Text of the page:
Dinners & Social
Long before “social practice” entered the lexicon, the Mainstreeters were consummate hosts. Much of their interaction revolved around their home life, beginning with high school and lunchtime trips to each other’s houses, where they indulged in midday escapades. As they grew older and found housing near one another on Main Street, they became known throughout the arts community for their parties.
It is often said that you would remember where the Mainstreeters stood if they came to your art opening, because they would leave on the floor behind them a ring of cigarette ashes. Their entourage or gang presence was a tough one, but they were also generous in welcoming new people into the local scene, indulging in excesses and having fun. Various boyfriends of Carol, Ann, Deb and Jeanette came and went, as did Marlene’s suitors.
“The Complex” at 26th and Main was an important space to meet and concoct plans for new projects. Life and work blended, with dinner menus serving both as meeting minutes and documentation for work done over bottles of beer. In an era where many artists lived in commercial spaces in order to keep their artist-run projects afloat, Mainstreeters practiced their art (or creative tendencies) within the realm of domestic space.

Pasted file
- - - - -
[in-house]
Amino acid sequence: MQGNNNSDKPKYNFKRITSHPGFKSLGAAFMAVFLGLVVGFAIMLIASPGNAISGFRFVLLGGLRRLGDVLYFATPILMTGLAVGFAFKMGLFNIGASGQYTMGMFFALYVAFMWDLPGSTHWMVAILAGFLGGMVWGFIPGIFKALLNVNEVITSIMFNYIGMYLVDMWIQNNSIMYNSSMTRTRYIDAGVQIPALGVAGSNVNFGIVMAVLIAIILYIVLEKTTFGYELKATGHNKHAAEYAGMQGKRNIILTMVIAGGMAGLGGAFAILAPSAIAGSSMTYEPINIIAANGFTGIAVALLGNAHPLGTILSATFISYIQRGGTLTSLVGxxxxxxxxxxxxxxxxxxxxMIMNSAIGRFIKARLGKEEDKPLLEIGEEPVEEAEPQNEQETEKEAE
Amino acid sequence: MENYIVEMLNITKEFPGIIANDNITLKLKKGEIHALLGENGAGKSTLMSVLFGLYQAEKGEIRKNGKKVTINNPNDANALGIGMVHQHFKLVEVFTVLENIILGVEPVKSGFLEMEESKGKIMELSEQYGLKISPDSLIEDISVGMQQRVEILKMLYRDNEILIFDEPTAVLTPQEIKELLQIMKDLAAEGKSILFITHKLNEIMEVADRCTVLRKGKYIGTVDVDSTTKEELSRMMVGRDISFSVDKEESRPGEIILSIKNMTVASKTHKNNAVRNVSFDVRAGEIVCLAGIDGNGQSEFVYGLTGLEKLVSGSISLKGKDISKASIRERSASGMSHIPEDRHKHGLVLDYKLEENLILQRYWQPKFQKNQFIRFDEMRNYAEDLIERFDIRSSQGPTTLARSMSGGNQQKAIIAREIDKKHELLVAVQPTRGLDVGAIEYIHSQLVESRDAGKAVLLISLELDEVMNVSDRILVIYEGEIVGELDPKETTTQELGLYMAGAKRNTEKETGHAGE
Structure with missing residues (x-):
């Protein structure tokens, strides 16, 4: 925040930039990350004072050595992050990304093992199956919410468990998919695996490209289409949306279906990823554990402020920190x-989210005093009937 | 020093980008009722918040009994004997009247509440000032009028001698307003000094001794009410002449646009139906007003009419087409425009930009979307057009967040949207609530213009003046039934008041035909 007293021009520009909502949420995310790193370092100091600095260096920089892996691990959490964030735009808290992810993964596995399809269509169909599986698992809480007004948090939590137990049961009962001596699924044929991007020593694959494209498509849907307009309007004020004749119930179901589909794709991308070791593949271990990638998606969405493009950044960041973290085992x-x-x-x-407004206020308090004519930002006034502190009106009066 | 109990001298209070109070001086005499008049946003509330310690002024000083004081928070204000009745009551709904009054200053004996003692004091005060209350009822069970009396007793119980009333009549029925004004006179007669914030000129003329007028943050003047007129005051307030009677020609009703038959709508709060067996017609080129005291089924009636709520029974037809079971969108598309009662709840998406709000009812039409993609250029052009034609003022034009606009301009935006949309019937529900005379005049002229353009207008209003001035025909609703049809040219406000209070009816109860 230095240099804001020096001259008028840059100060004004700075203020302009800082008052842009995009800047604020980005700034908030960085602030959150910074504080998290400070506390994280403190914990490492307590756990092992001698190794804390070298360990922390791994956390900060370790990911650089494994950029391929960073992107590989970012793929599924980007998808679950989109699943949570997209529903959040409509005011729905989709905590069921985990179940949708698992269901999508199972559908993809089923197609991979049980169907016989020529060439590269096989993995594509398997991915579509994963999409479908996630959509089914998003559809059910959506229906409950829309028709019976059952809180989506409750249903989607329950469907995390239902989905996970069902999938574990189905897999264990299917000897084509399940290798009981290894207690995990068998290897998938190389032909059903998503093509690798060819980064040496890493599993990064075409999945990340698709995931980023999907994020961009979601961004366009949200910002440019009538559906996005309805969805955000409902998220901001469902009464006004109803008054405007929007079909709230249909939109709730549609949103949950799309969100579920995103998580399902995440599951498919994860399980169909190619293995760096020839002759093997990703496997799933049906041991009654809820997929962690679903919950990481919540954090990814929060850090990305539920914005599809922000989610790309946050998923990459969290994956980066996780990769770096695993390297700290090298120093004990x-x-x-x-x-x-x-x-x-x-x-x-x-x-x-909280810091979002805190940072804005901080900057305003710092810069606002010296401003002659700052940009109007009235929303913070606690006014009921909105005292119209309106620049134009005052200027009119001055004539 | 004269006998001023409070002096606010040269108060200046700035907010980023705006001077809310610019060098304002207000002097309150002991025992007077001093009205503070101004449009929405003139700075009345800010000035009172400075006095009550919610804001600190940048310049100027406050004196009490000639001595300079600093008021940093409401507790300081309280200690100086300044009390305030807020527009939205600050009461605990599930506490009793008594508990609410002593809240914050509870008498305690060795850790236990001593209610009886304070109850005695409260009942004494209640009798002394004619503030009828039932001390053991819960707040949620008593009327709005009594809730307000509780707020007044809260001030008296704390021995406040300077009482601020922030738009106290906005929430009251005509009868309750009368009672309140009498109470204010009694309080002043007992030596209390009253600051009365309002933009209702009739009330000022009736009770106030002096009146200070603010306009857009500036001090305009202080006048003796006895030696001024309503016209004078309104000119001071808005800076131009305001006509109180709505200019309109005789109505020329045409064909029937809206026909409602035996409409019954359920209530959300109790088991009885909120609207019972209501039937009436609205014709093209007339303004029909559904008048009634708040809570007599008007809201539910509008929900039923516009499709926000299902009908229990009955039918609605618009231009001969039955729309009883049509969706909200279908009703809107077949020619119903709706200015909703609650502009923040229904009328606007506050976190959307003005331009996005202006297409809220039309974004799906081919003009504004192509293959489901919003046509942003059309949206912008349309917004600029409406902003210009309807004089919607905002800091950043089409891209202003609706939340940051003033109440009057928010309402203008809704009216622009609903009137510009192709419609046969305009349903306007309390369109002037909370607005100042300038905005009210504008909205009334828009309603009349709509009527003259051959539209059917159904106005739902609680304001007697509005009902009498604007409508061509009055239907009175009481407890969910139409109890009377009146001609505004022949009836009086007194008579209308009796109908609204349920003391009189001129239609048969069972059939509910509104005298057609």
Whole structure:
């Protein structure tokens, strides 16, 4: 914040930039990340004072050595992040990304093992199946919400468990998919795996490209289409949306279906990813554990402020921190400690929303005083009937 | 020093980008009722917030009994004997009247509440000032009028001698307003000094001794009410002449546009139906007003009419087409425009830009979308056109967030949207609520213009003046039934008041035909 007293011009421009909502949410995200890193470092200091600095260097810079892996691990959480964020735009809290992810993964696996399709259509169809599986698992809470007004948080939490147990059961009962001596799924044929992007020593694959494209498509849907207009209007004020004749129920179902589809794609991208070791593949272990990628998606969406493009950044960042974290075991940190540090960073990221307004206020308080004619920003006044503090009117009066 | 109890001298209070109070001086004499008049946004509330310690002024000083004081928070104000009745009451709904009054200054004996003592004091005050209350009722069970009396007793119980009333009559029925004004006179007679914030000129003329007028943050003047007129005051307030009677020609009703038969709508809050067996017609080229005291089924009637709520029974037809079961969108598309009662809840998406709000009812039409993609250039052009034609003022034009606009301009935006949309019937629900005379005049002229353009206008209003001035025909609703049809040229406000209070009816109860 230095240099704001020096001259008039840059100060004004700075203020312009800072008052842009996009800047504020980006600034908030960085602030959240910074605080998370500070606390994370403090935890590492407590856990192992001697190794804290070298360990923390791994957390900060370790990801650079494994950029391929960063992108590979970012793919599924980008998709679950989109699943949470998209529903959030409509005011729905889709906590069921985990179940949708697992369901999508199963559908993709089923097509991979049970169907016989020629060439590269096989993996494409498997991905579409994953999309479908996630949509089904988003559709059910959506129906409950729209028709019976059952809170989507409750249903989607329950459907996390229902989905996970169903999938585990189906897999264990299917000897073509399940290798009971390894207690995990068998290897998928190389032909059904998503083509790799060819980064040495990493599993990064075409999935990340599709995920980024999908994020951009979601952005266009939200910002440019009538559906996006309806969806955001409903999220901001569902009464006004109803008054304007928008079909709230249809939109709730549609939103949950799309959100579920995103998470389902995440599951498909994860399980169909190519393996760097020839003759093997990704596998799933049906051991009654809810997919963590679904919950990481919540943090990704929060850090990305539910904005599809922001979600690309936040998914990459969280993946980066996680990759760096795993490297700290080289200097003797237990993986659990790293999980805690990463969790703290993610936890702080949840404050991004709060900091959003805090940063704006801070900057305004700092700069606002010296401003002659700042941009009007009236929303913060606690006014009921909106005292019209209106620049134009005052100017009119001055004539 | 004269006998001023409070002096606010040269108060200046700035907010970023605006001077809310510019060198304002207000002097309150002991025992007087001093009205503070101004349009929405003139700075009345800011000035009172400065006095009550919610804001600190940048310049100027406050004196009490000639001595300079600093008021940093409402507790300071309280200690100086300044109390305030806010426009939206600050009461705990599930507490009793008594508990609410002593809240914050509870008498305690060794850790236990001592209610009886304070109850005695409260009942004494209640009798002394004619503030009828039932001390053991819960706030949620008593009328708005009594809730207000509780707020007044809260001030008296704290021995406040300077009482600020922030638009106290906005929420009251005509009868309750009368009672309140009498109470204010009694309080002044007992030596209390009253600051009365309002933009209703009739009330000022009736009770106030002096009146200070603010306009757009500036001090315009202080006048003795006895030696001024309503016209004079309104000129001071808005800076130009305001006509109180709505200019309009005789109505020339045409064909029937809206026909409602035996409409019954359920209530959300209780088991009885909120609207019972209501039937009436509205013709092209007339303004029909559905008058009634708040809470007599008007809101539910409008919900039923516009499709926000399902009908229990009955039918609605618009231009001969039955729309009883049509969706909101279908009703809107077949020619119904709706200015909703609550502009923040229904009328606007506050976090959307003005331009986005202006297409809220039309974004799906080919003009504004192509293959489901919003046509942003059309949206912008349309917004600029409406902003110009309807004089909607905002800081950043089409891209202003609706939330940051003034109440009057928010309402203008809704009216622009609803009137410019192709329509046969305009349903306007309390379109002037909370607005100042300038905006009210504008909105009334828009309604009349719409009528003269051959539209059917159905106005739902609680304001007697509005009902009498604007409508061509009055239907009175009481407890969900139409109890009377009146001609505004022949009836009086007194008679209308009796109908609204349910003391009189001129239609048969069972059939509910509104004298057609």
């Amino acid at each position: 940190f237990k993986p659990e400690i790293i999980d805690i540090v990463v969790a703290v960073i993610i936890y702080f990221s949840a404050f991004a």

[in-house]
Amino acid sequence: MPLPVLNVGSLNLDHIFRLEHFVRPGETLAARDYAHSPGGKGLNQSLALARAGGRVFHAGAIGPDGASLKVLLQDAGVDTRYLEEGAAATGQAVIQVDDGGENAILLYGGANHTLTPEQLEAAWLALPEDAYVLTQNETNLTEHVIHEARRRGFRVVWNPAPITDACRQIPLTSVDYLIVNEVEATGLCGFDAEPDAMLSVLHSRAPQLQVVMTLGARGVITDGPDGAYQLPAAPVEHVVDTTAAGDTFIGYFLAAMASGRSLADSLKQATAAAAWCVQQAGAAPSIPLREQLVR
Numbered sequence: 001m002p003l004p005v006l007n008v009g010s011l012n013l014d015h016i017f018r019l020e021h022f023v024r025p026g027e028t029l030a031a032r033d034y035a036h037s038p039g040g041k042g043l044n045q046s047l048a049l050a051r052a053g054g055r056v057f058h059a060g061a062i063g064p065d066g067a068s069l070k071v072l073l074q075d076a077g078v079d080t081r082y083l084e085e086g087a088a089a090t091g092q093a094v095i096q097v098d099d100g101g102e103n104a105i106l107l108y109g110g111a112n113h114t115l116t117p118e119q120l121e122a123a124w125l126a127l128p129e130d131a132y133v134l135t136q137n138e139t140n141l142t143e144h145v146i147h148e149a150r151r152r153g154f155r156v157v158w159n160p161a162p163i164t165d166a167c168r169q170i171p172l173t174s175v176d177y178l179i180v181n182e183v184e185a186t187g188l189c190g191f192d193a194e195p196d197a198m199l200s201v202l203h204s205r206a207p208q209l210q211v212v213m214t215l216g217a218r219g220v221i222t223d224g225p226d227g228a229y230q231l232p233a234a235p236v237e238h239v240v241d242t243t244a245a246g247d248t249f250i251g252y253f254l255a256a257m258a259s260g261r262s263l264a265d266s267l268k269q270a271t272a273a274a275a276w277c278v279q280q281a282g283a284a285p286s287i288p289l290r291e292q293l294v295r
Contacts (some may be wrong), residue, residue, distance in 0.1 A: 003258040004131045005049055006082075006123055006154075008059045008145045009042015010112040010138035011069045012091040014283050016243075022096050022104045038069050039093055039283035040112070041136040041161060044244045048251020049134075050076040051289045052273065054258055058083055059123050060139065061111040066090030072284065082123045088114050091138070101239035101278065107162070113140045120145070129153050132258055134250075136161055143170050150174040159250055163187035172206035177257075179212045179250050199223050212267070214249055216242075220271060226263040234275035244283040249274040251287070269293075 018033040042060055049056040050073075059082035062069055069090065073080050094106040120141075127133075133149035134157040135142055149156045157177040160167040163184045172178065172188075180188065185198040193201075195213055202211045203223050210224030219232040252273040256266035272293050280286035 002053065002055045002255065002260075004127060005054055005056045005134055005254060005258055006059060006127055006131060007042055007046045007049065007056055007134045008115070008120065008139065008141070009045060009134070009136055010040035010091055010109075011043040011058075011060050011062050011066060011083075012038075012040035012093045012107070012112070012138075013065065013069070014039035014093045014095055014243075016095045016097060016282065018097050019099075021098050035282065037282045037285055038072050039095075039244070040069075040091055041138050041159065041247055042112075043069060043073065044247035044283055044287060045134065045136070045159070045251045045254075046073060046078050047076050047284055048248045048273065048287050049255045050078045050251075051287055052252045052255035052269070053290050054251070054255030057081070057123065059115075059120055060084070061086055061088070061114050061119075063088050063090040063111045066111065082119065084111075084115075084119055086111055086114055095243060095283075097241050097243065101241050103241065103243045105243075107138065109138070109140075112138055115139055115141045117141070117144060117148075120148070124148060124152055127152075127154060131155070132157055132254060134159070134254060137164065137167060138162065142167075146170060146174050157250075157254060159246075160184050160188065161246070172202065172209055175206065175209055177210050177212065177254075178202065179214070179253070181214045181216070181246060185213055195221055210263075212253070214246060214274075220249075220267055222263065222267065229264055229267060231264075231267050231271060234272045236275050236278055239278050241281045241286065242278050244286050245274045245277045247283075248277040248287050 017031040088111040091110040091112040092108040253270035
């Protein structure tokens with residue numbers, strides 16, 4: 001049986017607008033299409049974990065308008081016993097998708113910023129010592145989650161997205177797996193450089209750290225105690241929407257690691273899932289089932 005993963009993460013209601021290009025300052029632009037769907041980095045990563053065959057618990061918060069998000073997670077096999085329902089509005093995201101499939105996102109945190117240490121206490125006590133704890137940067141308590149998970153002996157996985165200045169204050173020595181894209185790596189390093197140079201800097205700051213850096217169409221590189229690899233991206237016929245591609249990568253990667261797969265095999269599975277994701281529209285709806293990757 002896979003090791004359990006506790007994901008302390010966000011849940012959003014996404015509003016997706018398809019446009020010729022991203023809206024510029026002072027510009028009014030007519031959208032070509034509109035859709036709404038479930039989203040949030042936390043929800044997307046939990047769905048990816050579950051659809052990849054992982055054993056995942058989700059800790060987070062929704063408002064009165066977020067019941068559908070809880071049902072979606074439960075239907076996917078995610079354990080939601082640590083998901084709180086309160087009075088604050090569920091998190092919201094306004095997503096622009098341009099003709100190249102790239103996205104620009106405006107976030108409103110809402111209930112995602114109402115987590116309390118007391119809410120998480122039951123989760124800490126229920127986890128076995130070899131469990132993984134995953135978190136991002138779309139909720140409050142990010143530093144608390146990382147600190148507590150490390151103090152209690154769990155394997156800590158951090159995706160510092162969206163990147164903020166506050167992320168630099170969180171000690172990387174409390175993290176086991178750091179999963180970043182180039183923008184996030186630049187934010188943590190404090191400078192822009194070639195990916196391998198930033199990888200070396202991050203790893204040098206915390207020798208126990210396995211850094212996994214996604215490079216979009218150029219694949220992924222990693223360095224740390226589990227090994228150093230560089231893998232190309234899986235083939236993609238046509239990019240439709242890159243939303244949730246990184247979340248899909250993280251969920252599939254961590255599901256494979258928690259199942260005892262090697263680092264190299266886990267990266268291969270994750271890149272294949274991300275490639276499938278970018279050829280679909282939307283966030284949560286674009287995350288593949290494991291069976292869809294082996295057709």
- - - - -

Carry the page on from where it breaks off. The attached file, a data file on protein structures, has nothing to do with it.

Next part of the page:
Beyond the parties they threw for each other, the Mainstreeters became involved in more formalized event production. Annastacia McDonald partnered with Fernando Antunes to decorate large rooms for professional gala events, with other Mainstreeters chipping in their expertise. Antunes, who came to Vancouver from Toronto, was an integral figure in the local design and fashion scene throughout the 1970s. He was among the first to succumb to the AIDS crisis of the 1980s.